Andrea Sutcliffe, Chief Inspector of Adult Social Care at CQC, speaks at our event on leading change in dementia diagnosis and support. Andrea describes the findings of the Review into the quality of care people living with dementia receive. She says that while there was more care than bad, there was a variation in quality that must be addressed.
See the transcript from Andrea's presentation below.
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Our expectation around dementia care is that it has to be person centred and person centred means including the family and carers as well. It needs to take into account the physical and the mental wellbeing of the individual. We absolutely understand that people will move between services but we’ve got to do more to improve the experience of those people and we’re expecting services to keep up to date with good practice.
So we took a thematic approach to this last year by looking at the experience of people living with dementia as they moved from care home to hospital and back to care home. We identified in the state of care report in the previous year that actually people living with dementia stayed longer in hospital, they were much more likely to be admitted to hospital and they had deteriorated when they had gone back to the care home. So there were a lot of issues that we felt that we needed to explore.
We found more good care than bad care, but what we did find is that across all of the services that we looked at in 90 per cent of those services there was something that wasn’t quite right, which means if you extrapolate that outwards that actually people living with dementia are very likely to come across some aspect of poor care at some point in their journey between services and that’s the variation that we’ve got to tackle and that we’ve got to address.
We particularly identified that it was transitions between services and it’s the whole issue of information exchange that was really very, very poor. So in care homes, for example, there were some services that had done a fantastic job in actually doing the little ‘this is me’ books or the life story or whatever it is that actually gives people an understanding of the individual. They either didn’t go with the person to the hospital or when they did go with the person to the hospital the hospital lost them, and so simple things like what it is that somebody needs to be supported to do when they need to eat or drink that information wasn’t shared. So is it any wonder that when somebody comes back from the hospital to the care home they’ve deteriorated physically because their nutritional and hydration needs have not been met?
In nearly a third of care homes, but actually well over half of hospitals, we found aspects of variable or poor care regarding how a person’s needs were assessed and if they’re not doing the assessment right how can the follow on care actually be effective or responsive to the needs of that individual? That assessment is absolutely critical.
We also found again in about a third of care homes but just shy of half of hospitals that, in terms of planning and the delivery of care, again there was variation and there was poor practice and particularly in seeing the whole person, not thinking through the whole emotional and social needs. But there is some good practice. There are some things that people are doing, people are responsive, they are caring, they are actually effective in meeting the needs of the people who are using their services and throughout our report we highlighted quotes from people who are using the services, their carers and families but also from staff that highlighted some of the good things that are happening which I think we can build on, but we also highlighted some of the things that we needed to do as the regulator to support all of that.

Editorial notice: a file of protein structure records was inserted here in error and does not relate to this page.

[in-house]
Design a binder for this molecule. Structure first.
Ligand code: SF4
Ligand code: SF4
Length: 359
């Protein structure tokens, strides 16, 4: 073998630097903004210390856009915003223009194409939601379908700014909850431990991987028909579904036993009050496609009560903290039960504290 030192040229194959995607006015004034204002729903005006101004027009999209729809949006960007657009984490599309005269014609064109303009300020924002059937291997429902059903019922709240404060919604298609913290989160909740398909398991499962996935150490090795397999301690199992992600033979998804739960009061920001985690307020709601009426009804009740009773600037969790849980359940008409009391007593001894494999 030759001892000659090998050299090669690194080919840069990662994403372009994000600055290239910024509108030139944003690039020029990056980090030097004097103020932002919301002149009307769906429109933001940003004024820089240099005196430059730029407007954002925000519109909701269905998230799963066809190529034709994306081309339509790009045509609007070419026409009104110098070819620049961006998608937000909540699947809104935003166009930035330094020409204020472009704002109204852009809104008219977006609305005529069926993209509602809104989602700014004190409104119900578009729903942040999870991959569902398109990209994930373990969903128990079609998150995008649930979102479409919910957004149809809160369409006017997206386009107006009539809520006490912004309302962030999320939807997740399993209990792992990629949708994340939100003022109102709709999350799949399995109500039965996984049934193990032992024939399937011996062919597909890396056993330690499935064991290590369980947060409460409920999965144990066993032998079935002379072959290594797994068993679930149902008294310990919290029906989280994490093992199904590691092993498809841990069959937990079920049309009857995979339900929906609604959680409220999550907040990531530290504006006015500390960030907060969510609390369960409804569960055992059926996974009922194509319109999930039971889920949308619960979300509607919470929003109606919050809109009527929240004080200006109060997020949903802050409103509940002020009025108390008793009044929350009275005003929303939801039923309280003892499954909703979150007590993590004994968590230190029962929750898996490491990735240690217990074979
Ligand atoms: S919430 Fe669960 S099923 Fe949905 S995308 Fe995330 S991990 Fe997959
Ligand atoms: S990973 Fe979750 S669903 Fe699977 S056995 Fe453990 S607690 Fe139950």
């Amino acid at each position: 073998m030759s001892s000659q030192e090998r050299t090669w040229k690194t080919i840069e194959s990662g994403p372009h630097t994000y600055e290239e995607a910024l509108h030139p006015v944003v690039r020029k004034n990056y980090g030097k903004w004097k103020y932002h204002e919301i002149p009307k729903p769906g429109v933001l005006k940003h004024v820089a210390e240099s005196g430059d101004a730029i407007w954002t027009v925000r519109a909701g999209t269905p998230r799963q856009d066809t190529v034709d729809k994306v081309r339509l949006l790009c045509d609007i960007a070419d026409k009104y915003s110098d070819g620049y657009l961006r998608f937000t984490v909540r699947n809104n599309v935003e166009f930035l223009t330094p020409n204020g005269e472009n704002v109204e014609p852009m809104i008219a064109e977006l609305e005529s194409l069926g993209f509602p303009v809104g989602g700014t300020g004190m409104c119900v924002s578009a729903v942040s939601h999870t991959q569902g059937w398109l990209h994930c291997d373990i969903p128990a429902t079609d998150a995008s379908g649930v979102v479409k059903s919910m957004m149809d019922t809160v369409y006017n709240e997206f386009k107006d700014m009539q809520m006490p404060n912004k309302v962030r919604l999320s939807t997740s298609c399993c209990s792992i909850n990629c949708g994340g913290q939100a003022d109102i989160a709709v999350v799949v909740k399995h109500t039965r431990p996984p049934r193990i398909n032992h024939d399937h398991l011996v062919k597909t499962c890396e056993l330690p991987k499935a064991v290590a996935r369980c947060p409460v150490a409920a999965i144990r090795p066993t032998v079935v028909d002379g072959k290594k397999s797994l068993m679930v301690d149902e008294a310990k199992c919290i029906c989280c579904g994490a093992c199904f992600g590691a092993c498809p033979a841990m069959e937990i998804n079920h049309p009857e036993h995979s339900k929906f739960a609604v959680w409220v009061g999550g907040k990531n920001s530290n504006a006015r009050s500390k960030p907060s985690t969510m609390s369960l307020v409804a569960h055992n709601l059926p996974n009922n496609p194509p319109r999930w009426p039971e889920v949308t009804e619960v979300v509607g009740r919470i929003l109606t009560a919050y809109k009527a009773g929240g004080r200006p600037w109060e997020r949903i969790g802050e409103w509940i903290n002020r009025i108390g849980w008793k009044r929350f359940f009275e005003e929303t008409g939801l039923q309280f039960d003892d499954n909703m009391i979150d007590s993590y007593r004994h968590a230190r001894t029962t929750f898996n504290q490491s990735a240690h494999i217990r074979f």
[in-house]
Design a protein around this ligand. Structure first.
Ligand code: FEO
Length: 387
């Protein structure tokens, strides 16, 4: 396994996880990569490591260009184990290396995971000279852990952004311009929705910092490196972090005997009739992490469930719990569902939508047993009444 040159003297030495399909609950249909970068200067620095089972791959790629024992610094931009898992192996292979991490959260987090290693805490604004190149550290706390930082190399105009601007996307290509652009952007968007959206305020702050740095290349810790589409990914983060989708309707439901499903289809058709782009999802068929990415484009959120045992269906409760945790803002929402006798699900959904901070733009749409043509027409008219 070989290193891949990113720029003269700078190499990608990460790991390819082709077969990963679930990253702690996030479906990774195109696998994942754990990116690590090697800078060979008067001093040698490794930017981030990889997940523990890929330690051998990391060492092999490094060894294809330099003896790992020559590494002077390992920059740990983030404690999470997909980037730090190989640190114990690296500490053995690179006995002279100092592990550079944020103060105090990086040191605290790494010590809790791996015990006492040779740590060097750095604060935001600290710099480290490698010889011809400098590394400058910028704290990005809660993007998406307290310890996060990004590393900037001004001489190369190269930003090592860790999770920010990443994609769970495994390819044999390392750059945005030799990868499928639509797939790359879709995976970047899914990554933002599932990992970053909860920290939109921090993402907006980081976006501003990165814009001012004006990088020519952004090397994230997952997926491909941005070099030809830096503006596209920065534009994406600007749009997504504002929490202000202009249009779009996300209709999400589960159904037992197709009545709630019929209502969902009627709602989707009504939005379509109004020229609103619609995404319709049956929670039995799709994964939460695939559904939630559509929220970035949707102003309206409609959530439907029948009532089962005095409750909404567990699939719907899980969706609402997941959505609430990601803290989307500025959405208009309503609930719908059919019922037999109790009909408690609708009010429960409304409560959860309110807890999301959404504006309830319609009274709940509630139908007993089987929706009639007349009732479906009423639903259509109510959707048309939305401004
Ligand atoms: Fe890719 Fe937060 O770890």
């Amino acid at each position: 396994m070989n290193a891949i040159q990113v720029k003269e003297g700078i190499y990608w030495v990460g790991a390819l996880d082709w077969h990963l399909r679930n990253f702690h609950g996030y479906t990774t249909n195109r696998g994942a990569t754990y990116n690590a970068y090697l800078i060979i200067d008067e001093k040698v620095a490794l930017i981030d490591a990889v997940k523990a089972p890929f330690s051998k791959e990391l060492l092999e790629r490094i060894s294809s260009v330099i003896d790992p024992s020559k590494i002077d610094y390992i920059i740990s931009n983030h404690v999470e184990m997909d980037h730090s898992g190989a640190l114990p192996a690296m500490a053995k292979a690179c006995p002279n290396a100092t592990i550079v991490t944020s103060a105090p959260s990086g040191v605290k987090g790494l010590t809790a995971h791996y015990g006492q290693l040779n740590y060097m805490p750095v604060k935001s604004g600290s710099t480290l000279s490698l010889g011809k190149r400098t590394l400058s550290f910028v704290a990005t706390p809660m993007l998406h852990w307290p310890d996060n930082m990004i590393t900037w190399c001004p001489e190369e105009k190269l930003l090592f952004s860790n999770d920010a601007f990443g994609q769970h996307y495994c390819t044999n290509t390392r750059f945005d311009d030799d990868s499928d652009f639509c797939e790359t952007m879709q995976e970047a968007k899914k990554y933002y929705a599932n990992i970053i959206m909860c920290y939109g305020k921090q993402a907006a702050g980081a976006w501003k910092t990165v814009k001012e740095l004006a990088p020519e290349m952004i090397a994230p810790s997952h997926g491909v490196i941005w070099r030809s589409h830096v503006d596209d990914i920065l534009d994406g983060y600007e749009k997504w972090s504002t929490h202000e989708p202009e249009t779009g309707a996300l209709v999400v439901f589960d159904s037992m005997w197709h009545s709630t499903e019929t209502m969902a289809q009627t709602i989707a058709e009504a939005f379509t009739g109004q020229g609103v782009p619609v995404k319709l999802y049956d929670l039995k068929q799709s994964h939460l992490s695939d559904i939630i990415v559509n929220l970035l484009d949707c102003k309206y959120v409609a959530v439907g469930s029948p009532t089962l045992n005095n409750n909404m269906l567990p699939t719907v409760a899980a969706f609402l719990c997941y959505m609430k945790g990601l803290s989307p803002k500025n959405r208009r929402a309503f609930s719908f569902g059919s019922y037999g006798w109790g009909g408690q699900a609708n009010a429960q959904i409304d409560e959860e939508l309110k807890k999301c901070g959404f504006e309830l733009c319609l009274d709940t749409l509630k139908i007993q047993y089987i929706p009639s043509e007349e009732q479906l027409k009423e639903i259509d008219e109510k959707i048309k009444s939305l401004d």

We absolutely need to make sure that when we find poor care we take action. We will be appointing a new national specialist advisor for dementia care to provide support and advice across all of our teams. What’s really important is that our judgements about what good looks like needs to be consistent, robust and reliable. It’s no good for us to be basing our judgment on the individual opinions of our inspectors. They need to make sure that they’re making those judgments on the basis of the most up to date evidence and understanding of what good and outstanding should be.
A lot of people who are living with dementia are not able to express and articulate to us what it is that’s happening and how they feel about it, particularly if they’re in the very advanced stages, but actually blending into the background, sitting, watching, observing carefully what’s happening you would be astonished to see what it is that people will continue to do even if there’s an inspector in the room and either it’s because they don’t know it’s the wrong or the right thing to do or they don’t care and, whichever way it is, we need to be finding it out and so our observational tool is very important for us.
I would encourage you to go on our website, look at our outstanding reports. This was our first outstanding care home, the Prince of Wales House in Ipswich, and this quote I think bears repeating, ‘we didn’t think we were outstanding and perhaps that’s why we were. I think it’s because we see every single person that comes through our doors as an individual, it is our privilege to support them to live their last years of their life with as much happiness, love and security as we can possibly give them’. If that doesn’t inspire all of us to go out there and do the best that we can do for people living with dementia I don’t know what does.
Thank you very much for listening. You can follow me on Twitter at @Crouchendtiger7 if you like. Thank you.